A police officer who was rammed by a motorist posing as a Muslim extremist – who then chased the officer with a tomahawk – says he believed the man intended to kill him.
Ruairi Kern Taylor, 25, pleaded guilty to attempting to cause grievous bodily harm, intentional damage and assault with a weapon, and was jailed for three years three months at the High Court at Dunedin on Wednesday morning.
A charge of attempted murder was previously dropped by the Crown.
The victim, Constable Steven Treloar, spoke publicly about the incident for the first time in court.
The officer, who had six years’ experience at the time, said it was something he would not want anyone to go through.
Treloar said he struggled to come to terms with the fact a member of the community he served had turned on him for no apparent reason.
He also questioned his decision to run from the scene when Taylor chased him with the axe, rather than remain and protect the public.
“I believe he intended to kill me,” Treloar said.
Justice Rachel Dunningham said the facts of the case were “somewhat unusual”.
Taylor quit his job at a Tapanui business on September 4 last year then travelled to a shop in Gore, where he bought a tomahawk.
He retrieved a sheathed knife from his home and strapped it to his leg before heading north in his Subaru.
First he pursued an unmarked police car but continued driving when it turned into the Gore police station.
Later, Taylor chanced upon Treloar, who was sitting in his patrol vehicle, with lights activated, having pulled over a motorist in Allanton, near Dunedin.
The defendant blasted “religious music” on his stereo and slammed his car into the back of the stationary police car.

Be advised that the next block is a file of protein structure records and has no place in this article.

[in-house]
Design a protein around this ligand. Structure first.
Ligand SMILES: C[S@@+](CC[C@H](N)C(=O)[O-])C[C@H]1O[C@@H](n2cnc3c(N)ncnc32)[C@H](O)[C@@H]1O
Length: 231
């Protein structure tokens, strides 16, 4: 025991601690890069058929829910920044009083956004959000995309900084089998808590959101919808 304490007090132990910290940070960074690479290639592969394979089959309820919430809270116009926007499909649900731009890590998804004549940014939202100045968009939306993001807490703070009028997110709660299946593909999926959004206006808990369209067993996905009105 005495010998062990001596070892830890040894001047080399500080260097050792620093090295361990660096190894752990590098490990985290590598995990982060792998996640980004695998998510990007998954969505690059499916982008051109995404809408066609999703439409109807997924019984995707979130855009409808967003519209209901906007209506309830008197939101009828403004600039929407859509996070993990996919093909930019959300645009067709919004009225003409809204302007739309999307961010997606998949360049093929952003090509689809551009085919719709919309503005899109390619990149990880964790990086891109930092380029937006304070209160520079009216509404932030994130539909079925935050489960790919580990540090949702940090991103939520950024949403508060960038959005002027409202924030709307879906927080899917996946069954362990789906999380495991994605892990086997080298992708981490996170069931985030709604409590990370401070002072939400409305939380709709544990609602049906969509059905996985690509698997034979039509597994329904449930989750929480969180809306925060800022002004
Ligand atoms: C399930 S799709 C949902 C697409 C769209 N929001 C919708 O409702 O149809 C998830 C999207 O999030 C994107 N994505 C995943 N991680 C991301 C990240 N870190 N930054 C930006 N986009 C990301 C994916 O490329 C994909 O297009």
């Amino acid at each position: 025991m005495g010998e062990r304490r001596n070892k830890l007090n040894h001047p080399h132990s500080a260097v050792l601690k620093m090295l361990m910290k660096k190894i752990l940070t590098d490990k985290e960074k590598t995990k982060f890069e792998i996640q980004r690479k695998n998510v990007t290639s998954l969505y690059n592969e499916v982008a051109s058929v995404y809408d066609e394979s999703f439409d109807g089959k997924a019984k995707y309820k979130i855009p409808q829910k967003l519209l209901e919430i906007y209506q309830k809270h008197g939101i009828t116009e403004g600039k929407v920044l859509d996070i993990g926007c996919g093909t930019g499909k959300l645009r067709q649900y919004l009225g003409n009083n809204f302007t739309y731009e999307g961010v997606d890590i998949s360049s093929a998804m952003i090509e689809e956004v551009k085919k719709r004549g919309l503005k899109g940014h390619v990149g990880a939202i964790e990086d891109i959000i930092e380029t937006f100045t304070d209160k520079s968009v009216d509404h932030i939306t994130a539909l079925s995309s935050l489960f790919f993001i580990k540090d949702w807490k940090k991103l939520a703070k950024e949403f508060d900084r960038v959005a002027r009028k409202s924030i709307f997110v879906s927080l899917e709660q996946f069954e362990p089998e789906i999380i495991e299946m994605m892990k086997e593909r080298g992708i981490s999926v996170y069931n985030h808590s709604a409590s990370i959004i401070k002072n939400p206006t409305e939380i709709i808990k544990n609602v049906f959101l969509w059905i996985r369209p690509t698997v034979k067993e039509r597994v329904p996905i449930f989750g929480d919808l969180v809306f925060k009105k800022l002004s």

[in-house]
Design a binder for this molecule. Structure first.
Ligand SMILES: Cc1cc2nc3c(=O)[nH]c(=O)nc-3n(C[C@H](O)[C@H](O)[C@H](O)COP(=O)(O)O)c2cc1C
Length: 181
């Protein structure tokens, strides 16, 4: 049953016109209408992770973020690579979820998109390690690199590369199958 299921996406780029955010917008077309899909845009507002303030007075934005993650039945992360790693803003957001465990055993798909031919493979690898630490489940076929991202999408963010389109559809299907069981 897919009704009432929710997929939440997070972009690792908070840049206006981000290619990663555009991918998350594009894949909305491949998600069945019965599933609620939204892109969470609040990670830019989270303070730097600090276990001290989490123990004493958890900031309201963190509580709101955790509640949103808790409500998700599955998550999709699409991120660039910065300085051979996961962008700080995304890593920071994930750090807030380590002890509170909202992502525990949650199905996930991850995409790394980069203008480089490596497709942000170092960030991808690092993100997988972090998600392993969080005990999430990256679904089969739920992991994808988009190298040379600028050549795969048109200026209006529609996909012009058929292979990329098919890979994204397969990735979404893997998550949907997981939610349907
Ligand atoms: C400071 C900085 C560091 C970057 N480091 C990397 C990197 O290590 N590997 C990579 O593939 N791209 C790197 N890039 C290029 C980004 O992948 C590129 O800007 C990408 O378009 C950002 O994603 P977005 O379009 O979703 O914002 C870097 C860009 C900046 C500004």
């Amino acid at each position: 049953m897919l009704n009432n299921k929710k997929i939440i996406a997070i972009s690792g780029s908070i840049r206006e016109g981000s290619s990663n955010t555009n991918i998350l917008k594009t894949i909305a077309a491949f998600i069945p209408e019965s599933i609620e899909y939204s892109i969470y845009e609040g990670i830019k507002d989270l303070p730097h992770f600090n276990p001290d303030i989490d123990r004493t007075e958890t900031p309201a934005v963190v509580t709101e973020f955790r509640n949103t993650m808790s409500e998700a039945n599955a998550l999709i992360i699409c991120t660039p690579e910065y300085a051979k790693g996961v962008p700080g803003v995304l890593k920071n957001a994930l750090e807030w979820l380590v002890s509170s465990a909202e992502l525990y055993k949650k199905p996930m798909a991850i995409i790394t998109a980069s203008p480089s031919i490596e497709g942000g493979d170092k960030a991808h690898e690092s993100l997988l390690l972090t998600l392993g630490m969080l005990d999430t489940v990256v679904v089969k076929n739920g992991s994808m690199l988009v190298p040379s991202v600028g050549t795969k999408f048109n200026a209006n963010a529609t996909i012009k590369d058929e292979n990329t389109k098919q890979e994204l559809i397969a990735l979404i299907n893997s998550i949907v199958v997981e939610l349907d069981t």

Treloar’s head smashed into his windscreen and the force shunted his vehicle into the one he had stopped.
While Taylor smashed the officer’s windows with the axe, the victim used the police radio to call for backup.
He shuffled over the car’s central console and escaped through the passenger door as the defendant gave chase with the tomahawk raised above his head.
Taylor yelled “Allahu Akbar” (meaning “God is great”) while running but gave up the pursuit after 40m.
He returned to the now-vacant police car, smashing both headlights and hacking holes in its side panels with the weapon, causing more than $30,000 worth of damage, the court heard.
Other units which rushed to the scene found Taylor wearing a police hat and jacket from Treloar’s car while “yelling religious material from a Koran he had in his possession”.
He later told police he was not a practising Muslim and had wanted to be shot by police.
The judge said Taylor’s playing on racist stereotypes about Islamic extremism was an aggravating factor.
“You have indirectly harmed the community of law-abiding Muslims,” she said.
The offending was clearly premeditated, she said, as the defendant had armed himself and “used religious props” to heighten concern.
Defence counsel Sarah Saunderson-Warner said Taylor was not motivated by some sort of grudge against the officer involved or even the police in general.
It came from a desire to self-harm, she said, and was sparked by “a number of stresses building up in him which he was effectively ill-equipped to deal with”.
A psychologist found no specific diagnosis of mental-health issue but recommended follow-up.
Taylor was ordered to pay $2000 for the “extensive and deliberate damage” he caused, to be paid at $20 a week once he was released from prison.
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